You can also easily compare hundreds of policies to find either a cheap or comprehensive policy that works for your budget.
There are ways that you can save a few dollars:
- Prepay for your policy before 1 April each year. Every year on 1 April, health insurance premiums go up. If you prepay 12 months' worth of premiums before 1 April, you can postpone the rate rise's effect on your hip pocket.
- Annual payment discounts. If you're planning on paying for your policy in advance for the next year, look for a fund that offers discounts for doing so. Some of these funds offer discounts of up to 4%.
- Direct debit discounts. While we're on the topic of payment discounts, some funds offer a 4% discount for customers who pay for their premiums by direct debit.
- Health discounts. Some funds, such as myOwn, are dipping their toes in the water and starting to reward their healthier members with discounted premiums.
What happens if you don't have private health insurance?
The Australian Government has introduced a number of schemes to encourage people who can afford private health care to take it out. Private health care takes the burden off the public health system so that people who really need it can access it when they need to. There are therefore a few schemes that may impact you if you don't have private health insurance.
- Lifetime Health Cover (LHC) loading. This is designed to encourage Australians to maintain health insurance from a younger age. It does this by increasing premiums by 2% for every year after your 31st birthday that you don't have cover.
- Medicare Levy Surcharge (MLS). This is an additional tax penalty ranging from 1% to 1.5% of your annual income, depending on how much you earn, and is applied every year that you do not have an adequate private health insurance policy.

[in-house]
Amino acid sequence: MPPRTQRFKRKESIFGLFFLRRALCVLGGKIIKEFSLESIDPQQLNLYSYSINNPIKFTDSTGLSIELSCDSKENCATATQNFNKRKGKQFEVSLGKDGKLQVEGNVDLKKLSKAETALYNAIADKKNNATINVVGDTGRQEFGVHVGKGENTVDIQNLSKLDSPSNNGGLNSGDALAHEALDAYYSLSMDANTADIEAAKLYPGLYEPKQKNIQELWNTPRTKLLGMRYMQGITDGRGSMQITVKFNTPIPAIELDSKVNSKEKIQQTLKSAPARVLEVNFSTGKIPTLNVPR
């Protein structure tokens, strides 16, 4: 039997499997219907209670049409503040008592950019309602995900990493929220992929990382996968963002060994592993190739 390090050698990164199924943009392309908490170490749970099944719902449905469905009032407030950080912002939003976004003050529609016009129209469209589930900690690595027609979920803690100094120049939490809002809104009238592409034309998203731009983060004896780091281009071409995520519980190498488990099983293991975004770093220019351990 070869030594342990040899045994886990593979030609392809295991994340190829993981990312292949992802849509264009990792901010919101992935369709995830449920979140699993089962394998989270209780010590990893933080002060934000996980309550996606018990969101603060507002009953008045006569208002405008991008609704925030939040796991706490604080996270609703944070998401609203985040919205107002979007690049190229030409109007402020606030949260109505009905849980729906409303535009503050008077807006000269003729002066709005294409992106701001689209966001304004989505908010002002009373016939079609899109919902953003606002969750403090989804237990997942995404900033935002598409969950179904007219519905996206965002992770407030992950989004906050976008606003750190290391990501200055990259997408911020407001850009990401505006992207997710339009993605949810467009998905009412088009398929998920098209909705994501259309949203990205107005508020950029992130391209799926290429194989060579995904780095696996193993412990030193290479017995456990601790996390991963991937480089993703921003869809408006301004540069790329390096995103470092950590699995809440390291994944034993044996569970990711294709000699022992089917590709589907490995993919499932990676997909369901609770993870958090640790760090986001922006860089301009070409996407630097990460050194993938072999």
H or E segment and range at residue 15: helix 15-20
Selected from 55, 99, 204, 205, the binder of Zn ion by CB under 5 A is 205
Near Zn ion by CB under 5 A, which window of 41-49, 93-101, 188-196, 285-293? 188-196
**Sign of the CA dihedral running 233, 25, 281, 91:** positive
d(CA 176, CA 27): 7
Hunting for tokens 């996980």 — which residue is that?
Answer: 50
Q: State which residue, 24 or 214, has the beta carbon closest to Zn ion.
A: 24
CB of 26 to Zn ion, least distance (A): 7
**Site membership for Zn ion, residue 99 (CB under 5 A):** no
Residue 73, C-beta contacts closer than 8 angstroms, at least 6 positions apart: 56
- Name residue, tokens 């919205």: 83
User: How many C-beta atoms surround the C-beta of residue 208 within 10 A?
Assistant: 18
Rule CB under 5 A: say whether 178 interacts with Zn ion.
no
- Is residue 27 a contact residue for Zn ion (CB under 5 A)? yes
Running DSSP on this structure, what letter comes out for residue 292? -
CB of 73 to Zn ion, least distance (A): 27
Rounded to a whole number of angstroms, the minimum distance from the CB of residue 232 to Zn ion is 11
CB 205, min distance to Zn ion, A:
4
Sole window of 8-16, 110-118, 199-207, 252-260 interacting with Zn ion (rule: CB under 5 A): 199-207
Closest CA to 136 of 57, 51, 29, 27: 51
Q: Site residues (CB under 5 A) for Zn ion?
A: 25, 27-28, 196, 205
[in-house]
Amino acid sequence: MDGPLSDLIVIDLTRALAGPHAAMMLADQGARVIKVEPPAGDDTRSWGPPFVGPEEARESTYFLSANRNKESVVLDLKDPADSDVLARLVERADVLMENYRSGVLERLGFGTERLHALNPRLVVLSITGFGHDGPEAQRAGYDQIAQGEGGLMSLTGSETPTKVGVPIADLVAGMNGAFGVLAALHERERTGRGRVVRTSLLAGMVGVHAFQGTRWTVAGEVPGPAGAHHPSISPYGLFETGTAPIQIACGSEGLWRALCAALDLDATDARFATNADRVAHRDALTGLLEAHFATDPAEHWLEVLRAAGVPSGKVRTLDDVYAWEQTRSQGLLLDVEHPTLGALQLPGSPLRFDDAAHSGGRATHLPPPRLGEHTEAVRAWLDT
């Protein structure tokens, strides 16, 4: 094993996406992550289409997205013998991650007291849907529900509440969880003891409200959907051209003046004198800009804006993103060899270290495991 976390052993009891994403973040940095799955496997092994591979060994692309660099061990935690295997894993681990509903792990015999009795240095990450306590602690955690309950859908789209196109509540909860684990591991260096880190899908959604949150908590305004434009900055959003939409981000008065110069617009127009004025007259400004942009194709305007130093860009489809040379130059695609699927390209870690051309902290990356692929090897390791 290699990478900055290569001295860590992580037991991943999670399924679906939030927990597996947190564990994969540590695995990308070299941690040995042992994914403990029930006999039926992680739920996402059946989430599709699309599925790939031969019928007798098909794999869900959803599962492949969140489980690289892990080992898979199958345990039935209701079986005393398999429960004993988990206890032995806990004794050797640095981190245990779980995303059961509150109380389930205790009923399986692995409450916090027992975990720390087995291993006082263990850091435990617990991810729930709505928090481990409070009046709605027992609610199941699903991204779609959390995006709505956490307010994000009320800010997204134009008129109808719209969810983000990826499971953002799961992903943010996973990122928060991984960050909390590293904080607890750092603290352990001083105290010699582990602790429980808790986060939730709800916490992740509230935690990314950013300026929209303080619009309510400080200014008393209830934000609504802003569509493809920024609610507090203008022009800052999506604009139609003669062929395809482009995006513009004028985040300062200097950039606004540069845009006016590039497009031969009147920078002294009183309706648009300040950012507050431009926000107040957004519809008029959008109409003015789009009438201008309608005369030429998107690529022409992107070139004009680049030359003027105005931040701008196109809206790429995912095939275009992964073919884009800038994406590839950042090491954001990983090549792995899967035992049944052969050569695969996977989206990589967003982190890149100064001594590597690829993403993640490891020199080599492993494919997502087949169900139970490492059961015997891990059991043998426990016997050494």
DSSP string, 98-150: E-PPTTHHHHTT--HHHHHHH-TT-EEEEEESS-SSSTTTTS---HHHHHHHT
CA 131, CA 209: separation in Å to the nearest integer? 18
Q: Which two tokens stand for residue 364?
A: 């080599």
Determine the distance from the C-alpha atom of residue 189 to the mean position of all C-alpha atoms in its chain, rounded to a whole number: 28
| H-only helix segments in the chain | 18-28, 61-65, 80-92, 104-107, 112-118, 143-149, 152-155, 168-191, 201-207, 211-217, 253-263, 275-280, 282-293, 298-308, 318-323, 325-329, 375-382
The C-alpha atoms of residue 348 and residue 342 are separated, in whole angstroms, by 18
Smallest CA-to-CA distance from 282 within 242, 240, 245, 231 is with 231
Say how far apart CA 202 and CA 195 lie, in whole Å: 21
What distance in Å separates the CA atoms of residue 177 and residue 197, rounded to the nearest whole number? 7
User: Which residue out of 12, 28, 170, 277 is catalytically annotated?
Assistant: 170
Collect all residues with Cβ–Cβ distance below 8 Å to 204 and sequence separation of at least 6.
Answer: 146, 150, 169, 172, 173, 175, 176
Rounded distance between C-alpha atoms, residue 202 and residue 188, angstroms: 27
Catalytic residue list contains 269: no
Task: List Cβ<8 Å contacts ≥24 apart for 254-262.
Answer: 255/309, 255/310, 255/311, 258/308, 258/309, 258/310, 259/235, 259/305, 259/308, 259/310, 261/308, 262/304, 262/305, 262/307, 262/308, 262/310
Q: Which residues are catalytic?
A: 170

- Private health insurance rebate. One of the major benefits of having private health insurance is being able to claim the private health insurance rebate. The rebate is determined by your age, your relationship status and your income.
What's new in health insurance?
Health insurance in Australia is changing. For more details on the upcoming healthcare reforms and what they mean for you, check out our detailed analysis or watch the 2-minute video below.
Can you get cover if you're not an Australian citizen?
Yes, you can. Australian health funds offer a range of cover options for those moving to Australia on either long term or short term visas. These policies are generally called Overseas Visitors Health Cover (OVHC) or Overseas Student Health Cover (OSHC). The type of cover you need will depend on your visa and whether or not you're required to have health insurance while you're living in Australia. However, people from countries that Australia has a Reciprocal Health Care Agreement with can access a certain level of subsidised treatment from Medicare. Be aware that the benefits are very limited, with anything but the most vital medical services likely not covered.
Reciprocal Health Care Agreement countries
5 Steps to compare health insurance
Each health fund is different, policy prices, services covered, annual benefit limits, excess options and sign up offers can vary.
This is why comparing is so important, as you could easily miss out on a better deal if you rush into a decision. Here are some key steps to follow:
- Think about your requirements. Tailoring your search to your budget and lifestyle is a good starting point for comparing. For example, if you are young and you don't want to spend much, the basic cover might be preferable.
- Find out what services you're paying for. There's not much point in paying more for a higher level of cover if you are unlikely to use any of the additional services.
- Shop around. You can compare your options in many ways. Our health insurance tool also allows you to do detailed side-by-side comparisons.
- Consider all the costs. Remember to consider not only the premium costs, but also any excesses, co-payments and deductibles that you may have to pay.
- Know what the annual benefit limits are. Extras apply benefit limits to many included services. This is the maximum you can claim per year for a specific service.
Looking to save? Check out these health insurance deals